The view you have described above is more of a layman's overly simplistic way to deal with Calvinism's individualization of the doctrine. (i.e. God invites both Jews and then Gentiles but has preselected certain individuals from each group to be believers so that they will certainly be justified, adopted and conformed.)
     
  6. Skandelon

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    Because it is true, and truth about the nature of our God is comforting. :)

    That said, I believe God's knowledge of all things, past, present and future, is most likely not the way we would know things past present and future if we had a crystal ball and could foresee all that is going to come to pass, yet so much of our speculations presuppose this to be the case. We think of God's foreknowledge of future events as if he is on a timeline looking through the corridors of time to see what will take place, but that ignores the fact that God is present at all times and the same time, so why would he need to look into a future in order know something where he currently exists and knows it?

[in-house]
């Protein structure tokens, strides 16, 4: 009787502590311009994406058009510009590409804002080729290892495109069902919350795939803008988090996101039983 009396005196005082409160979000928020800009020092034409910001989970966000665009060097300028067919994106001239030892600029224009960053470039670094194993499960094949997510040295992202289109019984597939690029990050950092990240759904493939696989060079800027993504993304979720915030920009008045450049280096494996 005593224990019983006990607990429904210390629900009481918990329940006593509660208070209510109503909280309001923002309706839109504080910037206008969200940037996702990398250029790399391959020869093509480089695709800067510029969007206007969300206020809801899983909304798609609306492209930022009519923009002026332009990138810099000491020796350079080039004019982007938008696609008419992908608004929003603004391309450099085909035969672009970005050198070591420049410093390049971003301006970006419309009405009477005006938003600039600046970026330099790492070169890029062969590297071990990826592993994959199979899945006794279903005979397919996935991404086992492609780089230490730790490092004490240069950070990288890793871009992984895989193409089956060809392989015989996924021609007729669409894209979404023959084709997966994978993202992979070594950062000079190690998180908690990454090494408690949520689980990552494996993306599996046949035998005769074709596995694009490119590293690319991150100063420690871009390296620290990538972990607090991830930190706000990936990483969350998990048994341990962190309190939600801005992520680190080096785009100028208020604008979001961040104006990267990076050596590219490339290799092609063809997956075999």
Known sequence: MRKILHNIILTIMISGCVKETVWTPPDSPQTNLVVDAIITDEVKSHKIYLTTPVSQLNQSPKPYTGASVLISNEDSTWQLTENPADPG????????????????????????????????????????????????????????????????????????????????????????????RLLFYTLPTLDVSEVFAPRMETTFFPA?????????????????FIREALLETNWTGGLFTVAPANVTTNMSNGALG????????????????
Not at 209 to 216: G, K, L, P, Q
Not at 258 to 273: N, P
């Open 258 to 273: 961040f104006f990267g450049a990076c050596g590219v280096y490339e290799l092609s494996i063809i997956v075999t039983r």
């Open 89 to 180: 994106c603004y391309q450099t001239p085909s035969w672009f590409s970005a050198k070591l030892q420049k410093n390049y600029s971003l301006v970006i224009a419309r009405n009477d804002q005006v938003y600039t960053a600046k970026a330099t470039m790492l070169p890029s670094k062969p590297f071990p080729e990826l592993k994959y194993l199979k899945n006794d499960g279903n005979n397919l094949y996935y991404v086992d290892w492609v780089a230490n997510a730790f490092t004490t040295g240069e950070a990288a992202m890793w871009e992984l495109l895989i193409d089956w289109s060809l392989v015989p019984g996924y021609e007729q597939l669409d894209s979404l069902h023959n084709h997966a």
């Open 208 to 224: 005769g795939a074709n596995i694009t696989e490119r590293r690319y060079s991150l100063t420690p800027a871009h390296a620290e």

I prefer the 'eternal I AM' view of God's omniscience, not this simplistic view where we assume God is bound by some time line of past, present and future knowledge and thus bound by casual effects of time and space. He is much bigger than that IMO.
     
  7. Iconoclast

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    HT,

    Biblical foreknowledge is used of persons not events. We can agree that God knows the end from the beginning and does not need to learn anything.
    He knows all men will not come unless He purposes for a multitude to come.
    HT.....God is not just an observer.....He causes by His own will and purpose whatsoever comes to pass....using whatever means He knows to be wise.

    This language is completely unscriptural.
     
  8. saturneptune

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    That is not true. First of all, it is not overly simplistic. Your long posts and theologically challanged ideas do not make the concept of God's sovereignty any clearer, it just makes the posts longer.